DA Oversight of APD Is Crucial

Local District Attorneys should not be removed from the review and oversight process of police criminal misconduct and unjustified police officer-involved shooting cases.

I am a former Bernalillo County Chief Deputy District Attorney, Assistant Attorney General and Assistant District Attorney, with 15 years experience as a felony prosecutor who actually prosecuted three police officers early in my career.

One case I prosecuted involved APD officers who changed out of their uniforms while on duty and committed armed robberies and then took the call after it was called in to them.

Bernalillo County District Attorney-Elect Raul Torrez has requested seven District Attorneys from around the state to review the Keith Sandy case and recommend whether to seek another trial of the former police officer for the killing of homeless camper James Boyd.

Torrez must be given the benefit of the doubt in trying to do the right thing and deciding if Sandy should be tried again for murder when he asks for an independent review of the case by other District Attorneys.

I give Mr. Torrez the benefit of the doubt just as long as he makes the final decision after he is sworn in as Bernalillo County District Attorney.


Bernalillo County District Attorney Kari Brandenburg and her office were removed from the prosecution of Perez and Sandy and a special prosecutor was then appointed.

At the time of her removal from the prosecution of the case, APD was investigating Brandenburg for alleged witness tampering in a criminal case involving her son.

Brandenburg accused APD of retaliating against her for bringing charges against the officers.

Albuquerque’s Chief Administration Officer wrote Brandenburg alleging that she and members of her office had engaged in unethical conduct in reviewing the Perez/Sandy case for prosecution in an obvious attempt to have her office removed from prosecuting the case and to aide the defense.

The New Mexico Attorney General reviewed the APD criminal investigation of Brandenburg, found no criminal conduct by her and issued an opinion that APD’s investigation of the Brandenburg was politically motivated.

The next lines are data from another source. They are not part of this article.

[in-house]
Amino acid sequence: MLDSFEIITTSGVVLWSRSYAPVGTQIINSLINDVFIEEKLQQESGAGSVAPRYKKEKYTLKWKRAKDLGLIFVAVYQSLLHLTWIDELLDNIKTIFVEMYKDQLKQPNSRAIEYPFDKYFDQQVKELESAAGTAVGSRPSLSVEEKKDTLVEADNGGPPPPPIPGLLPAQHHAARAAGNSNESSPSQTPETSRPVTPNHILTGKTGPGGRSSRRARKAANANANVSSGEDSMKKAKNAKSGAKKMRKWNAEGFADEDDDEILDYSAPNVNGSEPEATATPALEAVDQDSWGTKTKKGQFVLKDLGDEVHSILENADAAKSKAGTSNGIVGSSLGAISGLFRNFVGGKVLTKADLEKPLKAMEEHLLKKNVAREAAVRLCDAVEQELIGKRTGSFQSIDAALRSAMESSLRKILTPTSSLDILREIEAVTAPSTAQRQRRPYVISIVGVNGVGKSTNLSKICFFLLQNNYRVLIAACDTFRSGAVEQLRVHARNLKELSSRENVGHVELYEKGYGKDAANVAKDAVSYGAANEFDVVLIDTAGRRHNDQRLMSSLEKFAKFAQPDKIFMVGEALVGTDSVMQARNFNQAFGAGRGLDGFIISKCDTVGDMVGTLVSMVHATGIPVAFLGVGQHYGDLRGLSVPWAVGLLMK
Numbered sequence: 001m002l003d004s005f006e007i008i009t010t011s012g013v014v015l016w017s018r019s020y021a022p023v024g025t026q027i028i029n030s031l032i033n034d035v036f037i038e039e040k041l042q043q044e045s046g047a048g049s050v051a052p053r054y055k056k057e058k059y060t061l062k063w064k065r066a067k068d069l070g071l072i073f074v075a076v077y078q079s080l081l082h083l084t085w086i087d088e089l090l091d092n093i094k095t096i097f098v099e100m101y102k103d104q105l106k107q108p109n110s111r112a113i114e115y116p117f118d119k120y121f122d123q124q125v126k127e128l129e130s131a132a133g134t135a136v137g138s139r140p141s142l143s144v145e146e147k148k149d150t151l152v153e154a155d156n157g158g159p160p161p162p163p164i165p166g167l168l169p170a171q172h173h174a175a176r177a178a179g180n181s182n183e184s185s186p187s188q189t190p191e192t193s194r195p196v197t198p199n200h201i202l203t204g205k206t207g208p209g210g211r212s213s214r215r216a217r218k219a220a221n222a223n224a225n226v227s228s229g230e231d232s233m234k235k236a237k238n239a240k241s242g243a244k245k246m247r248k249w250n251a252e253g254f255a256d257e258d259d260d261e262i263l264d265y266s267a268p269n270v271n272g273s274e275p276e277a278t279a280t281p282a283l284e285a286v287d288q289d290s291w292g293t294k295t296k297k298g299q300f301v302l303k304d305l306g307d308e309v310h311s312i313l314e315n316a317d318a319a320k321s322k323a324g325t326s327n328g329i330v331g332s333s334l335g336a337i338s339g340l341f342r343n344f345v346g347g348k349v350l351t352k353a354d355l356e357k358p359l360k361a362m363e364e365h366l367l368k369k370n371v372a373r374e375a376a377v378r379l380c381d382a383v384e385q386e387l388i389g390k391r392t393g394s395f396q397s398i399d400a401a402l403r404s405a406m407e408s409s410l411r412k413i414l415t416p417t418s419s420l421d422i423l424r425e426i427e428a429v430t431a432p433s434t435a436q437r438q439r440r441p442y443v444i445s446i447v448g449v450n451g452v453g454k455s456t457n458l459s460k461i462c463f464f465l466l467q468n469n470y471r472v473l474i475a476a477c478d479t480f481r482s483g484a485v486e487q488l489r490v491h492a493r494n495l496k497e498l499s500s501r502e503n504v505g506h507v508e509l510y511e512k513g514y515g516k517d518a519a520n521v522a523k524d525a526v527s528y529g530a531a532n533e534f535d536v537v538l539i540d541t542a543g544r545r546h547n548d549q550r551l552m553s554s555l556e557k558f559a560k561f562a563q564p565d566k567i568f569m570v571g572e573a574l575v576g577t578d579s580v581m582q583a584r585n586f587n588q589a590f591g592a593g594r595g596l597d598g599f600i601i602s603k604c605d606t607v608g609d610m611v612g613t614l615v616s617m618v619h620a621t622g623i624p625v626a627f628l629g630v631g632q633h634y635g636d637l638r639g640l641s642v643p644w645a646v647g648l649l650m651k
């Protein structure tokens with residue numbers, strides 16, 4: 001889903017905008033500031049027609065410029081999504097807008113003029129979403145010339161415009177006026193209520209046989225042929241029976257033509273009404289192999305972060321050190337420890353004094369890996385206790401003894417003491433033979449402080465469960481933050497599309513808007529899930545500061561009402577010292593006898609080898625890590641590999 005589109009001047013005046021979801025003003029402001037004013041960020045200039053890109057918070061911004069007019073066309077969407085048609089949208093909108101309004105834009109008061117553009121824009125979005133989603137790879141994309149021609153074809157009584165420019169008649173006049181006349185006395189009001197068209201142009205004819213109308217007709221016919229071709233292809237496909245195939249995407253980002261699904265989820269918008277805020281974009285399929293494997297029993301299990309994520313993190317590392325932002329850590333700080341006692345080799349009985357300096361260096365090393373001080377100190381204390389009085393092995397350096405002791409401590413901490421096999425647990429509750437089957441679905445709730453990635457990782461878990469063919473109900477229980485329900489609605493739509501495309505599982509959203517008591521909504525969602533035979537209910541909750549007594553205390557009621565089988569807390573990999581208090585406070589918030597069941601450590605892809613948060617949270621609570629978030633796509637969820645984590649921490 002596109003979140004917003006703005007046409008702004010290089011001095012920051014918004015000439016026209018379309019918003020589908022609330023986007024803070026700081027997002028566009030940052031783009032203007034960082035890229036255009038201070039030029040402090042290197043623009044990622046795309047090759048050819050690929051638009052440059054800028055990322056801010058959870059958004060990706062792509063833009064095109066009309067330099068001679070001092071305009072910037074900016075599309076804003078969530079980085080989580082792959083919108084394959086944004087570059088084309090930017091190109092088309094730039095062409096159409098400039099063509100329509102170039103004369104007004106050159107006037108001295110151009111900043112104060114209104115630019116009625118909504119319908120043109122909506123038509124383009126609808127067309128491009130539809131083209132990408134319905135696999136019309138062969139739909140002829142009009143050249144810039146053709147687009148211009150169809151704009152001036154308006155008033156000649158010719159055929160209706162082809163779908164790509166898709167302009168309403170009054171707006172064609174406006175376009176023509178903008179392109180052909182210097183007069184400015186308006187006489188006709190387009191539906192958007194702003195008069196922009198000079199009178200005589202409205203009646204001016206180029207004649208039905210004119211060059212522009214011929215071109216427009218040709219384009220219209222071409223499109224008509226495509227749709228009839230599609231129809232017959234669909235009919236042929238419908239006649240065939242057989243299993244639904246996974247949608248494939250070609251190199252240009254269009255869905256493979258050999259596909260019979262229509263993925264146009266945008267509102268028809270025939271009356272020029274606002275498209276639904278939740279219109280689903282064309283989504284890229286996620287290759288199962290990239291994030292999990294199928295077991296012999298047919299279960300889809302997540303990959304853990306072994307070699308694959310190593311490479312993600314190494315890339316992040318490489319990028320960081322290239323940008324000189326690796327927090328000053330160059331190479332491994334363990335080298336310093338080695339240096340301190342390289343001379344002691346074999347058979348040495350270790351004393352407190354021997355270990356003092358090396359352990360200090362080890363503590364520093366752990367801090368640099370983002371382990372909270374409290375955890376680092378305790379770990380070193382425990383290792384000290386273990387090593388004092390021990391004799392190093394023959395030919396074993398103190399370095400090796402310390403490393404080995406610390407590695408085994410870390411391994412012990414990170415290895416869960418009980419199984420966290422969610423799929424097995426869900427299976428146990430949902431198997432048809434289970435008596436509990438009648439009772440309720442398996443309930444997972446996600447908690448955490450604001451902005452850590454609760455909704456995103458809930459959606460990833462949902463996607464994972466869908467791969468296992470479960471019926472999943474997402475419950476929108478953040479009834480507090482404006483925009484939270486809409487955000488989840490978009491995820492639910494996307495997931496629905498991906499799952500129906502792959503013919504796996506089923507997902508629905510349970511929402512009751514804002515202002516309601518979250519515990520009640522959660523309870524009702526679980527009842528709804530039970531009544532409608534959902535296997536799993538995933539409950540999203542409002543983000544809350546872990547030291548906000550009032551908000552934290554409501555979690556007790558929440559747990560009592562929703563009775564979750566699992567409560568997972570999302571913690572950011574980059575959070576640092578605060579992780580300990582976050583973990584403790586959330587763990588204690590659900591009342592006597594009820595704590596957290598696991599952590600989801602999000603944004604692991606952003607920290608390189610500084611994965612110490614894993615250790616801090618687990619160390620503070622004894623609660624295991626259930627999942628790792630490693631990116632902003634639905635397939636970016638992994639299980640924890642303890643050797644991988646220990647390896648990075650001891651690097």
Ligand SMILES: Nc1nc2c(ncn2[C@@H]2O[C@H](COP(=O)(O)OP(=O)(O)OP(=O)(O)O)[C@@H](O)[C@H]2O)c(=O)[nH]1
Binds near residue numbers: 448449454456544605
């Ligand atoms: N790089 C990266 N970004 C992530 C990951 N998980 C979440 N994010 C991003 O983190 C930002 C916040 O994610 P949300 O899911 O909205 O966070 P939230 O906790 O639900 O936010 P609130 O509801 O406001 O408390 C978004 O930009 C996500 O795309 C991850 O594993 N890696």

The attorney general also issued an opinion that there was “an appearance of impropriety” by Brandenburg when witnesses in her son’s case contacted her about making restitution for her son.

Brandenburg and her office were removed from the Perez/Sandy prosecution because of allegations of conflict of interest made by the defense against her and related publicity.

Ultimately, the first trial of Perez/Sandy ended with a hung jury voting 6 to 3 to find not guilty with the charges against Perez later dismissed by the special prosecutor.


District Attorney-Elect Torrez says he is a proponent of an independent prosecutorial review for officer involved shootings.

Torrez claims “Having prosecutors investigate and potentially charge police officers from agencies with whom they work on a regular basis can do substantial harm to institutional relationships that are necessary for public safety”. (For the full story see “Outside prosecutors to review Boyd case”, page A-1 and A-2, December 12, 2016, Albuquerque Journal.)

Preserving a “working relationship” should never be used as an excuse to avoid getting to the truth of alleged police misconduct and crimes.

Legislation has been prepared for the 2017 New Mexico legislature to create and fund a specialized unit in the New Mexico Attorney General’s Office to handle the review of all officer-involved shootings throughout the state and take the responsibility away from local district attorneys to prosecute police officers for unjustified shootings.